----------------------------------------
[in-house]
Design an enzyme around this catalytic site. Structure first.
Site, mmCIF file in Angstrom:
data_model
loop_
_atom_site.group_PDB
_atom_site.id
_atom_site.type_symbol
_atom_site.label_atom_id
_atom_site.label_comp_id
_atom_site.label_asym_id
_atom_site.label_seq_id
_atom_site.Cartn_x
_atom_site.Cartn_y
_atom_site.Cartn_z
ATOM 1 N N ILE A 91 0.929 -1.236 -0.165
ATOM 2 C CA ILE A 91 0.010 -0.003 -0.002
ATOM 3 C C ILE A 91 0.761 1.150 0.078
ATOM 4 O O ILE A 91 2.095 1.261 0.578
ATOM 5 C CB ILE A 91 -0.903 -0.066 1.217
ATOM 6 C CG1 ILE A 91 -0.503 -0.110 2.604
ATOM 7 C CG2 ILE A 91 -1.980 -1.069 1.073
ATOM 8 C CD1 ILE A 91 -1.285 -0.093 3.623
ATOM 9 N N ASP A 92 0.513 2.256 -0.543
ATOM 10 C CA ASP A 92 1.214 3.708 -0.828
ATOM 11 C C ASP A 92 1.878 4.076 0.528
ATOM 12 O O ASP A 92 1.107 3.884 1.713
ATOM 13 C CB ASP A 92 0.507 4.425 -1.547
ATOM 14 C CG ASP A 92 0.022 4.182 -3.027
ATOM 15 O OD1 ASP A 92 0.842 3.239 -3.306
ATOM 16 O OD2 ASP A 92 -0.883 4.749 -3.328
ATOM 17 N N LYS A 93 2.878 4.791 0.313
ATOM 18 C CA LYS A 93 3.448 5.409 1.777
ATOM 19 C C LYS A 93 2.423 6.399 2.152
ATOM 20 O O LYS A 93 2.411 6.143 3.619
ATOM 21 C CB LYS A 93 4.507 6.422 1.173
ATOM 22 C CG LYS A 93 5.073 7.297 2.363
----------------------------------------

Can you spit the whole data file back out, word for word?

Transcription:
[in-house]
Design an enzyme around this catalytic site. Structure first.
Site, mmCIF file in Angstrom:
data_model
loop_
_atom_site.group_PDB
_atom_site.id
_atom_site.type_symbol
_atom_site.label_atom_id
_atom_site.label_comp_id
_atom_site.label_asym_id
_atom_site.label_seq_id
_atom_site.Cartn_x
_atom_site.Cartn_y
_atom_site.Cartn_z
ATOM 1 N N ILE A 91 0.929 -1.236 -0.165
ATOM 2 C CA ILE A 91 0.010 -0.003 -0.002
ATOM 3 C C ILE A 91 0.761 1.150 0.078
ATOM 4 O O ILE A 91 2.095 1.261 0.578
ATOM 5 C CB ILE A 91 -0.903 -0.066 1.217
ATOM 6 C CG1 ILE A 91 -0.503 -0.110 2.604
ATOM 7 C CG2 ILE A 91 -1.980 -1.069 1.073
ATOM 8 C CD1 ILE A 91 -1.285 -0.093 3.623
ATOM 9 N N ASP A 92 0.513 2.256 -0.543
ATOM 10 C CA ASP A 92 1.214 3.708 -0.828
ATOM 11 C C ASP A 92 1.878 4.076 0.528
ATOM 12 O O ASP A 92 1.107 3.884 1.713
ATOM 13 C CB ASP A 92 0.507 4.425 -1.547
ATOM 14 C CG ASP A 92 0.022 4.182 -3.027
ATOM 15 O OD1 ASP A 92 0.842 3.239 -3.306
ATOM 16 O OD2 ASP A 92 -0.883 4.749 -3.328
ATOM 17 N N LYS A 93 2.878 4.791 0.313
ATOM 18 C CA LYS A 93 3.448 5.409 1.777
ATOM 19 C C LYS A 93 2.423 6.399 2.152
ATOM 20 O O LYS A 93 2.411 6.143 3.619
ATOM 21 C CB LYS A 93 4.507 6.422 1.173
ATOM 22 C CG LYS A 93 5.073 7.297 2.363